Indigenous Circle Banner, with the indigenous circle logo

Demanding justice and accountability on Red Dress day

Demanding justice and accountability on Red Dress day

Illustration of a red dress with a Indigenous circle logo and an OPSEU SEFPO logo
Illustration of a red dress with a Indigenous circle logo and an OPSEU SEFPO logo

It’s Red Dress day, a solemn reminder of Canada’s deep rooted racism and continued mistreatment of Indigenous peoples.

Red Dress day is also known as the National Day of Awareness for Missing and Murdered Indigenous Women, Girls and Two Spirit People (MMIWG2S), marked every May 5. It’s a day to honour and remember the innocent women, girls and two spirit people who have been killed because of ongoing colonial gender-based violence.

For decades, Indigenous communities have witnessed alarmingly high rates of violence against women, girls and two spirit people. The disproportionate statistics of those missing and murdered are shameful. Statistics Canada reports that violence against First Nations, Inuit and Métis women, girls and two spirit people are 12 times higher than that of their non-Indigenous counterparts in Canada.

Gender-based violence continues to be an instrument of colonialism. These ongoing disappearances, violence, murders and unresolved cases is a national human rights crisis and cannot be ignored.

We are still waiting for the federal and provincial governments to act on the final report from the National Inquiry into Missing and Murdered Indigenous Women and Girls.

The national inquiry heard from more than 2,380 elders, family members and Indigenous survivors of violence, with thousands more untold stories. The final report with 231 Calls to Justice recommended that action be taken by all levels of government.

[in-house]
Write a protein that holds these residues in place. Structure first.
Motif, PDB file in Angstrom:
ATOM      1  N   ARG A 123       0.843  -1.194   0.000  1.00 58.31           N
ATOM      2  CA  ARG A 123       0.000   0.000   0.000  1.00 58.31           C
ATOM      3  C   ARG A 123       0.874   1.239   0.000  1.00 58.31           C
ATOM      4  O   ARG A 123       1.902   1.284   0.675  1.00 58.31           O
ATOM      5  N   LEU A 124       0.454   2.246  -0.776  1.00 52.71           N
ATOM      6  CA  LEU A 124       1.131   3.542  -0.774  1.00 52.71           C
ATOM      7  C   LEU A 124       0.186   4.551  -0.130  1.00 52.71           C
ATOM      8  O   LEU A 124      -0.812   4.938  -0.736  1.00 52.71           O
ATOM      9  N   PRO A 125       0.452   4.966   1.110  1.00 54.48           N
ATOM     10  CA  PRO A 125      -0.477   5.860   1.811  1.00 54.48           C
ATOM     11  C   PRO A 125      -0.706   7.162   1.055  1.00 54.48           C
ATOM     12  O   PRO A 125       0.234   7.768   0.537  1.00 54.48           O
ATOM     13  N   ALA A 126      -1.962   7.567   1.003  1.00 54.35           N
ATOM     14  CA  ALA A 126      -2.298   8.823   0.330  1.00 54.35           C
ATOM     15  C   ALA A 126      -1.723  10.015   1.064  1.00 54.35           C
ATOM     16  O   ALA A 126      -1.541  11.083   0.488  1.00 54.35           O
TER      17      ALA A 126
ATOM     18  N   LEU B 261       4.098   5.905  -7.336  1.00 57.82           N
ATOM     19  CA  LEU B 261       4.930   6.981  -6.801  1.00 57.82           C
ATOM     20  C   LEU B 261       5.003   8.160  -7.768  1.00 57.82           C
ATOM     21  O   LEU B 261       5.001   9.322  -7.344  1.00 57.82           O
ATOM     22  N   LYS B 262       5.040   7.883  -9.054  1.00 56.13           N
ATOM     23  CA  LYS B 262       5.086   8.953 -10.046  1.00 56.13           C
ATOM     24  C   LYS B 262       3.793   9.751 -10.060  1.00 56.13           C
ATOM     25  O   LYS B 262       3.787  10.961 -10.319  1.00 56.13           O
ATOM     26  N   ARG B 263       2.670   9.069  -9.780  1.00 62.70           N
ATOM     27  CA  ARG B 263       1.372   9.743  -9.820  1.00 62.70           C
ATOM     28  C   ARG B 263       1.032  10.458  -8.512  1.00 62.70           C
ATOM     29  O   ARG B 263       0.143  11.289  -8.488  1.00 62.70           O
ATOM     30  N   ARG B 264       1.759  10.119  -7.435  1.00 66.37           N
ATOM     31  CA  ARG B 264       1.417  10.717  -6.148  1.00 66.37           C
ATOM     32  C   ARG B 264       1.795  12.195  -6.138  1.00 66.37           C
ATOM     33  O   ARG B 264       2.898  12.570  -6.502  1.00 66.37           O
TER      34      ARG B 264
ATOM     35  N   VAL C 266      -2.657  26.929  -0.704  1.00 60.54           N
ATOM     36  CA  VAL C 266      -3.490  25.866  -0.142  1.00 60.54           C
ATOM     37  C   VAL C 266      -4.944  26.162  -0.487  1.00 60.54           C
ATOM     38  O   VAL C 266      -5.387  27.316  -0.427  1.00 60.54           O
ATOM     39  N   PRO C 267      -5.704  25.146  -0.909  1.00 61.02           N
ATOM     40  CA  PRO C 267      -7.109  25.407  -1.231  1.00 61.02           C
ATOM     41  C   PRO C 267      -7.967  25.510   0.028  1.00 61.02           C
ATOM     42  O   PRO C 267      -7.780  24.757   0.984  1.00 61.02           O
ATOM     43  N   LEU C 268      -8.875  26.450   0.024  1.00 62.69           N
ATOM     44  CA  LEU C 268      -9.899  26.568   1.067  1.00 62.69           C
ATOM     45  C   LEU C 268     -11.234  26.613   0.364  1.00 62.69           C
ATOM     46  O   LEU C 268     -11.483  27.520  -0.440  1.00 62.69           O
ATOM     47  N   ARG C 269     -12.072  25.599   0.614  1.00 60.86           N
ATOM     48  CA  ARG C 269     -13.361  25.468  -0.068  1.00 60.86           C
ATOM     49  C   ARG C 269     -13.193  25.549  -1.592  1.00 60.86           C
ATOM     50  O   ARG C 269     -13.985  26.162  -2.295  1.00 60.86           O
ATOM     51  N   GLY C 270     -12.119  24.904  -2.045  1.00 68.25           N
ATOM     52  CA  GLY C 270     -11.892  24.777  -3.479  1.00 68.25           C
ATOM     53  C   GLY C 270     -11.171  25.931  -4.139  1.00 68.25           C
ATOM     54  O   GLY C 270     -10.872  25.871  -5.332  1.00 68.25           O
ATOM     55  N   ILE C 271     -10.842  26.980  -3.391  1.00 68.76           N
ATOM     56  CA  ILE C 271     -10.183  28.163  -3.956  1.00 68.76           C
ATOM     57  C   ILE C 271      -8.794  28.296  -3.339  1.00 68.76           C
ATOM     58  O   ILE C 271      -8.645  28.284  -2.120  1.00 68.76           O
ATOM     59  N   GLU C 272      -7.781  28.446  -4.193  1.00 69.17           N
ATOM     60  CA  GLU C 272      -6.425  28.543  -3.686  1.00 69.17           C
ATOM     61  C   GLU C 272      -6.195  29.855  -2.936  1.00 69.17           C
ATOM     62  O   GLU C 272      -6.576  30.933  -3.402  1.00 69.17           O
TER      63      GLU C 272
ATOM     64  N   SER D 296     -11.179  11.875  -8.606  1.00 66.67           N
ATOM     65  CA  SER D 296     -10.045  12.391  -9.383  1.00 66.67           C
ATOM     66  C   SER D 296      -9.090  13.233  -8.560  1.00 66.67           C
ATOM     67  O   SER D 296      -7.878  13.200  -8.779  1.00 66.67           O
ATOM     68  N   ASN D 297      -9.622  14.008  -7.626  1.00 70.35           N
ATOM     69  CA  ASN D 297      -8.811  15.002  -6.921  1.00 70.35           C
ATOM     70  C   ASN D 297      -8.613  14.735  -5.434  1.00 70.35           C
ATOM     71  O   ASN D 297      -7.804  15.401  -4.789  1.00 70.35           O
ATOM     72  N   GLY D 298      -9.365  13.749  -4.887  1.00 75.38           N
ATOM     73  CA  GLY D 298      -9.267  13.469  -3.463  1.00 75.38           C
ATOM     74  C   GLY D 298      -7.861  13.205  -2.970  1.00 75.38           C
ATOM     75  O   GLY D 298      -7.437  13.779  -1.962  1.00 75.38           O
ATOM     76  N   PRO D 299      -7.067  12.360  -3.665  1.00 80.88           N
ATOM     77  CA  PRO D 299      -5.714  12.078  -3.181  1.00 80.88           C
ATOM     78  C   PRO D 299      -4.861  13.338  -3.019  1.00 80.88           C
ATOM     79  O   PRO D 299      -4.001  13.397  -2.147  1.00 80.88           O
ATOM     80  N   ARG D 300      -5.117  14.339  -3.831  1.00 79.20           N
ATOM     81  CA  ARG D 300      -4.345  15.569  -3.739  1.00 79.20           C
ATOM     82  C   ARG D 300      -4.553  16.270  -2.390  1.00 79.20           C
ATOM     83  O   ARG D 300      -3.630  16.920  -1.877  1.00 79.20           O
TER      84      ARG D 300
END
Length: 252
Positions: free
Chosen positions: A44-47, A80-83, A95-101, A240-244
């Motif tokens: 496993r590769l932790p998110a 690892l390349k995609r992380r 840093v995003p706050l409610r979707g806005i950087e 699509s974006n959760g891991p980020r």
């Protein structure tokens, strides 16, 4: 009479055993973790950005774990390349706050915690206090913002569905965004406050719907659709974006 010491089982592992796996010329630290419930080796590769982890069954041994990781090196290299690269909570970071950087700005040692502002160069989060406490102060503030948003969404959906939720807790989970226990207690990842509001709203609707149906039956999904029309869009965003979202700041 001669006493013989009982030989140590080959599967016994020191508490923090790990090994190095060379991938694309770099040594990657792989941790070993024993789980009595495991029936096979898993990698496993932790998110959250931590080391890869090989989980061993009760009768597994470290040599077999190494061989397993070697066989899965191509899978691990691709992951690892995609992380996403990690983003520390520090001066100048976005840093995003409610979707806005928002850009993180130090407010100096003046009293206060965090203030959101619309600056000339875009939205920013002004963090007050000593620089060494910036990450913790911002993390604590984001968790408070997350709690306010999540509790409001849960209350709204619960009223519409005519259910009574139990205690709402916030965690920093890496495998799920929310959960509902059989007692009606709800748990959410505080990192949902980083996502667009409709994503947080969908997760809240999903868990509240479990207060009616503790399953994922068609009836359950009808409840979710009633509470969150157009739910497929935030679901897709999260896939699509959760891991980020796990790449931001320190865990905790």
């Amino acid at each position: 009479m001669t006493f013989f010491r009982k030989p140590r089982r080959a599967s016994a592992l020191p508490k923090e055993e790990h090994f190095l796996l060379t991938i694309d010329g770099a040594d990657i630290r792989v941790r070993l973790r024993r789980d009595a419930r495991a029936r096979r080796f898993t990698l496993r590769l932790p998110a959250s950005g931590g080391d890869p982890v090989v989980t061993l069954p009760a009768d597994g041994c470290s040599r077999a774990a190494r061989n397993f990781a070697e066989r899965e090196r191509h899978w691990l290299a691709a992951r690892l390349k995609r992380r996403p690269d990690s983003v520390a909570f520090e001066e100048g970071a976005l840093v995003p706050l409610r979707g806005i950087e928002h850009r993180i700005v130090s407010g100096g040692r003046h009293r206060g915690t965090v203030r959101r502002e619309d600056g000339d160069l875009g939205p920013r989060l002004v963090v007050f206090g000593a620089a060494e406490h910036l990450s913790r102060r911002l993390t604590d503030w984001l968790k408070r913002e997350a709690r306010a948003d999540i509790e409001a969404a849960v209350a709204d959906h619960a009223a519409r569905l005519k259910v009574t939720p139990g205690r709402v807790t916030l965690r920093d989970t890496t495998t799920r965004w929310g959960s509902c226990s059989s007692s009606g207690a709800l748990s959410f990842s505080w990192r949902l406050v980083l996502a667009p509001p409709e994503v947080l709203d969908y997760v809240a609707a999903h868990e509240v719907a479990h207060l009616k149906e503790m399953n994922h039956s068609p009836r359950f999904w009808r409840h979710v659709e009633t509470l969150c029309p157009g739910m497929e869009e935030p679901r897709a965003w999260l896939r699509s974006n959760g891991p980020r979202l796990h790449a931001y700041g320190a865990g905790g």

It has been three years since the report and there are still no answers or a national action plan to address the violence that Indigenous women, girls and two spirit people continue to be subjected to.

This delay also means that during the pandemic, these troubling numbers keep increasing. We continue to see the disproportionate impacts of COVID-19 on Indigenous, Black and racialized people, particularly those who are identify as women and are gender diverse. In addition, those living in remote areas including in the north are more vulnerable to higher rates of violence and abuse. The government cannot stall anymore.  We must end this!

OPSEU/SEFPO honours the thousands of stolen sisters, two spirit and gender diverse persons from Indigenous communities and families. It is our responsibility as labour activists to raise awareness, advocate for change and amplify the calls to action by Indigenous leaders and their communities. We must hold our elected leaders and all levels of governments accountable to implement the full 231 Calls to Justice immediately. Walking the path of truth and reconciliation requires action. Together, we will continue to fight for accountability and demand justice.

In solidarity,

JP Hornick, OPSEU/SEFPO President
Laurie Nancekivell, OPSEU/SEFPO First Vice-President/Treasurer
Krista Maracle, OPSEU/SEFPO Indigenous Circle, Chair